Roku (NASDAQ:ROKU) seems to be doing everything right recently. Revenue surged 51% year over year in Q1, driven primarily by a 79% increase in platform revenue. In addition, the company's 2-year-old Roku Channel now boasts over 10,000 free ad-supported movies and TV episodes and more than 30 premium subscription-based content services.
For investors taking a close look at Roku after such strong performance, the company's most recent earnings call offers a look at some important high-level thinking from management. Here are three key topics that surfaced during the first-quarter call.
1. Superior ads
While the trend of marketers shifting budgets away from linear television ads to connected-TV (CTV) ads is still nascent, this doesn't mean the important new channel isn't as valuable as linear television yet. According to Roku, its CTV ads are delivering better value for advertisers.
"Already, we're in a great place to demonstrate that ads on Roku drives significantly more impact than linear and other forms of digital advertising," said Roku's general manager of its platform business, Scott Rosenberg.
Of course, this makes sense. Not only are CTV ads informed by data, but CTV is where consumer eyeballs are headed. Roku's active accounts increased 40% year over year in Q1, and streaming hours soared 74% over the same time frame.
2. What about Apple and Disney?
"For starters, with 29 million active accounts and some very effective audience development tools, we're an increasingly important partner for these kinds of services that are trying to reach viewers, build audience, increase engagement," explained Roku CEO Anthony Wood. He continued:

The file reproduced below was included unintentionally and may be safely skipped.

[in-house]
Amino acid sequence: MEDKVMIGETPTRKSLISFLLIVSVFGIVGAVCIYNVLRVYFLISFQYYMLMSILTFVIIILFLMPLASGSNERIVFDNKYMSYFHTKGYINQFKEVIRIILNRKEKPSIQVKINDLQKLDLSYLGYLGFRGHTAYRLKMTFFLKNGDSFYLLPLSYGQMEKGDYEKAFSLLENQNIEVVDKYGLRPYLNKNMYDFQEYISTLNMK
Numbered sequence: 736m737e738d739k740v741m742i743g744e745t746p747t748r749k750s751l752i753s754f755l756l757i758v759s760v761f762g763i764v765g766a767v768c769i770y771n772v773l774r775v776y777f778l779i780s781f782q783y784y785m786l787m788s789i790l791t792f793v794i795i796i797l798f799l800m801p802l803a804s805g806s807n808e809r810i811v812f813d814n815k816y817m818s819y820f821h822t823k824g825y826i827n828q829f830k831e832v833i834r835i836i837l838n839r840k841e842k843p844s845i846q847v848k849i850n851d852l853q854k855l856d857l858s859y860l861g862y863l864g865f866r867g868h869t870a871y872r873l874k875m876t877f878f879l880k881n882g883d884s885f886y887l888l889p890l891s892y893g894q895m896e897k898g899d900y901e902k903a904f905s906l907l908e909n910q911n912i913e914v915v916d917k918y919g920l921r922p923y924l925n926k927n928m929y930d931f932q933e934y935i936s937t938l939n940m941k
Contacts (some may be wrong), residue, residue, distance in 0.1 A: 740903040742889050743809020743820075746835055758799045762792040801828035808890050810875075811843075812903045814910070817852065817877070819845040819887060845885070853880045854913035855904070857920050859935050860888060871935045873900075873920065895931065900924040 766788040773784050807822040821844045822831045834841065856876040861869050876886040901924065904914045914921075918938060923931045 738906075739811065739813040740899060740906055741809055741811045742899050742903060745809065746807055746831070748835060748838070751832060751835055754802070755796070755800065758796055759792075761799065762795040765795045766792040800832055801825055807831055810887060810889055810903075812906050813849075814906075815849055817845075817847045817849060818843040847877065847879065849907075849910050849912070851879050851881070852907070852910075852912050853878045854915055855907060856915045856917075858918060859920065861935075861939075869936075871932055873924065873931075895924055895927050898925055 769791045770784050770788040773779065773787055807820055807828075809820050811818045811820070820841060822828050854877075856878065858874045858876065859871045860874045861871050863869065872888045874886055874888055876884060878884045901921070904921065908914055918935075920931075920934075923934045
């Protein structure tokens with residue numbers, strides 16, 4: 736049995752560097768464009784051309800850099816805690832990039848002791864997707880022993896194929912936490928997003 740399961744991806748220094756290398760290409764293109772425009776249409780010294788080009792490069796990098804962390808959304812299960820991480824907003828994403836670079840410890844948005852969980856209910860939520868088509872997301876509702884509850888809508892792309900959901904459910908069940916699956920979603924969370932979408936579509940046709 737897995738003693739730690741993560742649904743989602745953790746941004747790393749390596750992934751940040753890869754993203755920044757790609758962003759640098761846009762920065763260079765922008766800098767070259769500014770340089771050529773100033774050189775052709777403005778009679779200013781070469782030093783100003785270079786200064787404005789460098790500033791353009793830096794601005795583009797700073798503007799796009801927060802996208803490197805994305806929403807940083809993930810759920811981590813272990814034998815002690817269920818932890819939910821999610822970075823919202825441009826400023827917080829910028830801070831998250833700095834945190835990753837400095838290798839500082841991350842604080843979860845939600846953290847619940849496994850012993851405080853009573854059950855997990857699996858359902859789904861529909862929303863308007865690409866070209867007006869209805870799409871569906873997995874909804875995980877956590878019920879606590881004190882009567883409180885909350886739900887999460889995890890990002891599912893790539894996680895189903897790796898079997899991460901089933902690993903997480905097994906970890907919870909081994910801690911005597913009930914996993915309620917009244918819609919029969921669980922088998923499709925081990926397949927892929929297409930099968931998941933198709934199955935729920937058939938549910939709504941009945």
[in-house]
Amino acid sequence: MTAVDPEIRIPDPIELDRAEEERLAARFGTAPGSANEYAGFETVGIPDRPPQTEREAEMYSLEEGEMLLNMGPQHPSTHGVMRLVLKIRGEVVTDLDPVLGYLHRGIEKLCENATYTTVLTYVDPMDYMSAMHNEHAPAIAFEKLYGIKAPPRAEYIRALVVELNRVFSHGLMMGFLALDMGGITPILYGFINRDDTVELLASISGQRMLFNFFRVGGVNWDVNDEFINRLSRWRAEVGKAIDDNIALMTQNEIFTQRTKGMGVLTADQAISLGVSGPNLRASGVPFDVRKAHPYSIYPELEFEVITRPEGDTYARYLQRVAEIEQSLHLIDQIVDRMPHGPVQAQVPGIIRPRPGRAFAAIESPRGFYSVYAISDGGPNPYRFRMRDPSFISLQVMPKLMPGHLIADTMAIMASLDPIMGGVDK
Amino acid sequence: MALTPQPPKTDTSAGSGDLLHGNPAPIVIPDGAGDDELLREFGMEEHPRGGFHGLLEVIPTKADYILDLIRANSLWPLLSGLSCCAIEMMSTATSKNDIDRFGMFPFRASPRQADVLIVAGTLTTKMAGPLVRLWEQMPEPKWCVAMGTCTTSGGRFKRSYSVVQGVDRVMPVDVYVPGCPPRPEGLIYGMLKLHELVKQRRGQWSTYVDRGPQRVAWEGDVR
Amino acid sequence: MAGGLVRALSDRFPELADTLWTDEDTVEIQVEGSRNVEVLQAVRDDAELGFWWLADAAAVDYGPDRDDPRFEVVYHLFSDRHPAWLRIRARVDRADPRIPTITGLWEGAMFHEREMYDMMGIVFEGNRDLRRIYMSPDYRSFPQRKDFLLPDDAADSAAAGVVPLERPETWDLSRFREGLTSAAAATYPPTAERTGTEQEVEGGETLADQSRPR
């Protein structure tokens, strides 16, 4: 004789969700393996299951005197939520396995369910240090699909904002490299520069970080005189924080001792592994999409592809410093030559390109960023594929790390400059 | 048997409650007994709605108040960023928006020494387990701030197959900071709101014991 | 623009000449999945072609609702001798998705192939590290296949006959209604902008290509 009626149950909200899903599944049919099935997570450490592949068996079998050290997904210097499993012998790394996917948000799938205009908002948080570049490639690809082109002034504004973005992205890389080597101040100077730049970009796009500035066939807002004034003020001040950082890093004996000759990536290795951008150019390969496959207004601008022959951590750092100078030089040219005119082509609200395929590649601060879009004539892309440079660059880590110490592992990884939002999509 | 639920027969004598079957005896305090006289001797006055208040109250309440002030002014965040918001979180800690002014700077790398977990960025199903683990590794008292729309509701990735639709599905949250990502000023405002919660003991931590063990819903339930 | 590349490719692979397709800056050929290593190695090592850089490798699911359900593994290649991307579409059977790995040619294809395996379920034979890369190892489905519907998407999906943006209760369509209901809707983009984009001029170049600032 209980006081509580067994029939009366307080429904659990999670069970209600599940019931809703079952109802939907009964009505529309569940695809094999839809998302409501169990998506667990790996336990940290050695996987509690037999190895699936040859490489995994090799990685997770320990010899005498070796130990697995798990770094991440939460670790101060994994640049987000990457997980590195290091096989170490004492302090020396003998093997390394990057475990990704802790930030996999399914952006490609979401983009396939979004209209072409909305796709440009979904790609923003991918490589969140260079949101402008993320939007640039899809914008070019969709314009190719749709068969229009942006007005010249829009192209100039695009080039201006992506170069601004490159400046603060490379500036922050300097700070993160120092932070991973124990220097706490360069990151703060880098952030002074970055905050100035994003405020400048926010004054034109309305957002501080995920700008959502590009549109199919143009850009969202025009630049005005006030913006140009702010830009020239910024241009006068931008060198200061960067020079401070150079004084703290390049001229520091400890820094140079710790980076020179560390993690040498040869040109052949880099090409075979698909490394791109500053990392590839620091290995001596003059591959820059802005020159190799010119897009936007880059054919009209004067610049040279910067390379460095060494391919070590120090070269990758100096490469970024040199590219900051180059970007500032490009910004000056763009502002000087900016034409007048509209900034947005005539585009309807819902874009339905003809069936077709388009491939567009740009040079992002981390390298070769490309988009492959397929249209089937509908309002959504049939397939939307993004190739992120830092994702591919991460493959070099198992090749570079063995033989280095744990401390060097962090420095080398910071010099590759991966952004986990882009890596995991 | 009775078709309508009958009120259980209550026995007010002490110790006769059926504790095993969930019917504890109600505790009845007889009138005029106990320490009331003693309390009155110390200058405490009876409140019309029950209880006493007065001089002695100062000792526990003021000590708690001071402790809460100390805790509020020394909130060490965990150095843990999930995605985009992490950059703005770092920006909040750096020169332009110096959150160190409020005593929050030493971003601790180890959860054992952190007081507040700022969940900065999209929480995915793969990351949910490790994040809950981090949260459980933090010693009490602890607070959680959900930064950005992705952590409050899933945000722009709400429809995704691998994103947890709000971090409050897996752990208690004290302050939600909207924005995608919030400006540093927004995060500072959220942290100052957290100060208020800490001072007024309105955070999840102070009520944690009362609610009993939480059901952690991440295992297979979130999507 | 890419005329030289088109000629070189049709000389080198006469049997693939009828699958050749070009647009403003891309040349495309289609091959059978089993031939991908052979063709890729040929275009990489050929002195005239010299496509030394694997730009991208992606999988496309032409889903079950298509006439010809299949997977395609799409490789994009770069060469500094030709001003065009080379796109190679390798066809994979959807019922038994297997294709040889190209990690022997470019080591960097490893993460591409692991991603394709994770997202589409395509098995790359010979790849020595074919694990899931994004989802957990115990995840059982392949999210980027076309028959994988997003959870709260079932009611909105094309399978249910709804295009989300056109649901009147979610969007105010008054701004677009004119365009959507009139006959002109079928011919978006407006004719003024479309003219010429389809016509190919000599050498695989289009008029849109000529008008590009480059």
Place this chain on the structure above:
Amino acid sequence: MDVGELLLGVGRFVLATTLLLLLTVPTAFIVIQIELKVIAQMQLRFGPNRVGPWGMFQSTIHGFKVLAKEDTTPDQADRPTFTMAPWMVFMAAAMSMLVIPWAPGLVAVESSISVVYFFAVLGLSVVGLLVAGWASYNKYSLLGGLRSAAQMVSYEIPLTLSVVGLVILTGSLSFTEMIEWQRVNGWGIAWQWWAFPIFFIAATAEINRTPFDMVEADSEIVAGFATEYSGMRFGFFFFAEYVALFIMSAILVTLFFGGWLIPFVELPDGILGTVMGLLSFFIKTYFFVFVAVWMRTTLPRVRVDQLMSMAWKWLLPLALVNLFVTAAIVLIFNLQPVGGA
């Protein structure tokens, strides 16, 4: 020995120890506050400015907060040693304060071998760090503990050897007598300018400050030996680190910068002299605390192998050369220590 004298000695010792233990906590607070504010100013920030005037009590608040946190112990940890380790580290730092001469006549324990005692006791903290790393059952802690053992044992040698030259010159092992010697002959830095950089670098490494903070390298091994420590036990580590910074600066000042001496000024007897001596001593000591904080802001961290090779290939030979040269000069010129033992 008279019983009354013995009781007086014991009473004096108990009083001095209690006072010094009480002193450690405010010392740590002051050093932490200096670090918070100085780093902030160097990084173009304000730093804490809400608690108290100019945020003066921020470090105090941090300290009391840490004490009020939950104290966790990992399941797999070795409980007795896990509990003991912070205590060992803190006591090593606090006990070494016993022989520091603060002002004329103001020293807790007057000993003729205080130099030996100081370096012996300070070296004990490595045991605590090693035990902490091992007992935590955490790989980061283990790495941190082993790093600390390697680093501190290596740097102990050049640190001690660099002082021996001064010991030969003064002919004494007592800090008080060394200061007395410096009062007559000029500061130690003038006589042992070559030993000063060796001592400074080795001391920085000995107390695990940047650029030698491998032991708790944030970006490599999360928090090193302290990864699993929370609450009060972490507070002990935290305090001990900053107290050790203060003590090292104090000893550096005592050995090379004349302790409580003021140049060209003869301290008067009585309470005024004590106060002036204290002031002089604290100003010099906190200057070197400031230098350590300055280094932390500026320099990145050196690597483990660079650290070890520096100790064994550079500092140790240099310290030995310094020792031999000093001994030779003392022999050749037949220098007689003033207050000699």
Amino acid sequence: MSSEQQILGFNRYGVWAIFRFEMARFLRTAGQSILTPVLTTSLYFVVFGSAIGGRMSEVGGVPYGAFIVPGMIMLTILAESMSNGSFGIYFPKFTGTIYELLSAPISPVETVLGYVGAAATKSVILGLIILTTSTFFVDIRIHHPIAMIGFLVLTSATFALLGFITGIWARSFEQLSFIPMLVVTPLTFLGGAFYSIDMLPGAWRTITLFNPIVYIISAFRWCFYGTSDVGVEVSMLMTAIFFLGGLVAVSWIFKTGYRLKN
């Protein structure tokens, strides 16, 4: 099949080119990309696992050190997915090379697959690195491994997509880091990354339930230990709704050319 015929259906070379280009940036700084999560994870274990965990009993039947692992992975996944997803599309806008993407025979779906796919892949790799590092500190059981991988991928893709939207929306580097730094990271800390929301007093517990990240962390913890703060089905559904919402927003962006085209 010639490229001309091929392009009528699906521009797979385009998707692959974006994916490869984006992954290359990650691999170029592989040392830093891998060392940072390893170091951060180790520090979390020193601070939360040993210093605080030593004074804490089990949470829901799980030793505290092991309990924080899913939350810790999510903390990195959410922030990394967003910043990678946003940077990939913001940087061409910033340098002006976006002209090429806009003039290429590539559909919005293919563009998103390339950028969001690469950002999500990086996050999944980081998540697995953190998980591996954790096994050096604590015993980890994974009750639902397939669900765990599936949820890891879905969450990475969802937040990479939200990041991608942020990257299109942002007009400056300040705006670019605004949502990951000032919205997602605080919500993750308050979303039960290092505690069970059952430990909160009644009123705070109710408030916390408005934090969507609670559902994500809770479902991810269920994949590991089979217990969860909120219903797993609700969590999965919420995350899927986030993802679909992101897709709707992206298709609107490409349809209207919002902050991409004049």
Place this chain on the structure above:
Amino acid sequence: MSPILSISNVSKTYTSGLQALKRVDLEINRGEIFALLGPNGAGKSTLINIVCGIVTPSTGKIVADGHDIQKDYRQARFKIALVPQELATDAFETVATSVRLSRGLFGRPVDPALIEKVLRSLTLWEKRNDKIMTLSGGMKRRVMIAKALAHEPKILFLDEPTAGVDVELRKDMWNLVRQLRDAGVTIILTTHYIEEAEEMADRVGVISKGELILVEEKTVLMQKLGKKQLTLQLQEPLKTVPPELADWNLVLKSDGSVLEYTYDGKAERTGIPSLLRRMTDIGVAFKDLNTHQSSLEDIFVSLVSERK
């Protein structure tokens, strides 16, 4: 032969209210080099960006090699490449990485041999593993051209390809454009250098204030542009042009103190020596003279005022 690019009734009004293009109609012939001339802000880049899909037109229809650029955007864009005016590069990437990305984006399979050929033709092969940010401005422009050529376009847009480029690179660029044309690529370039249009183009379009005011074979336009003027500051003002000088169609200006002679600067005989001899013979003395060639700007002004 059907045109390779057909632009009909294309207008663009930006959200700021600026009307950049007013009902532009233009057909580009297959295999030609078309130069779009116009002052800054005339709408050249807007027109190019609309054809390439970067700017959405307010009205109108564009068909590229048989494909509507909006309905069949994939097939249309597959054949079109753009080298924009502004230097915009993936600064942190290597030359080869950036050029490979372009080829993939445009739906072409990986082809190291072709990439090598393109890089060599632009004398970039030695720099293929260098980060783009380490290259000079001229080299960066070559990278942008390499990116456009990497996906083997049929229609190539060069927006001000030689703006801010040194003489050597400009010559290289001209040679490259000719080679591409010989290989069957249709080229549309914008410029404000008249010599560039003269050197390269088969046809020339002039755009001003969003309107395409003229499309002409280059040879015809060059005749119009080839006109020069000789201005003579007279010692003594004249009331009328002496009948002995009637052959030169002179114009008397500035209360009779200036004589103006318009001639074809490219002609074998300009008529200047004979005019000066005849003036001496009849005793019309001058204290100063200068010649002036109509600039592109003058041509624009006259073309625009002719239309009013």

We have a lot of tools that they can use to do that, and they're buying them. And they -- of course, it drives interest in streaming. It drives more cord-cutters. It just propels the whole industry generally.
Apple's new streaming TV service is launching this fall, and Disney's is scheduled to come to market on Nov. 12. While both services will be ad-free, Roku also makes money from taking a share of subscriptions on its platform.
3. New streaming services need Roku
While new streaming services do benefit Roku, it's worth noting that Roku also helps these services immensely with its audience tools. Wood explained:
[O]ur competition, not only do they have smaller scale in the U.S., but they also don't -- they haven't put a lot of effort into building these tools that services need to grow their audience. So we have a lot of ways for [new streaming services] to do that. So yes, we're obviously an important partner for launching a streaming service.
Strengthening Roku's argument, Apple and Disney have both already announced their new streaming services will be on Roku.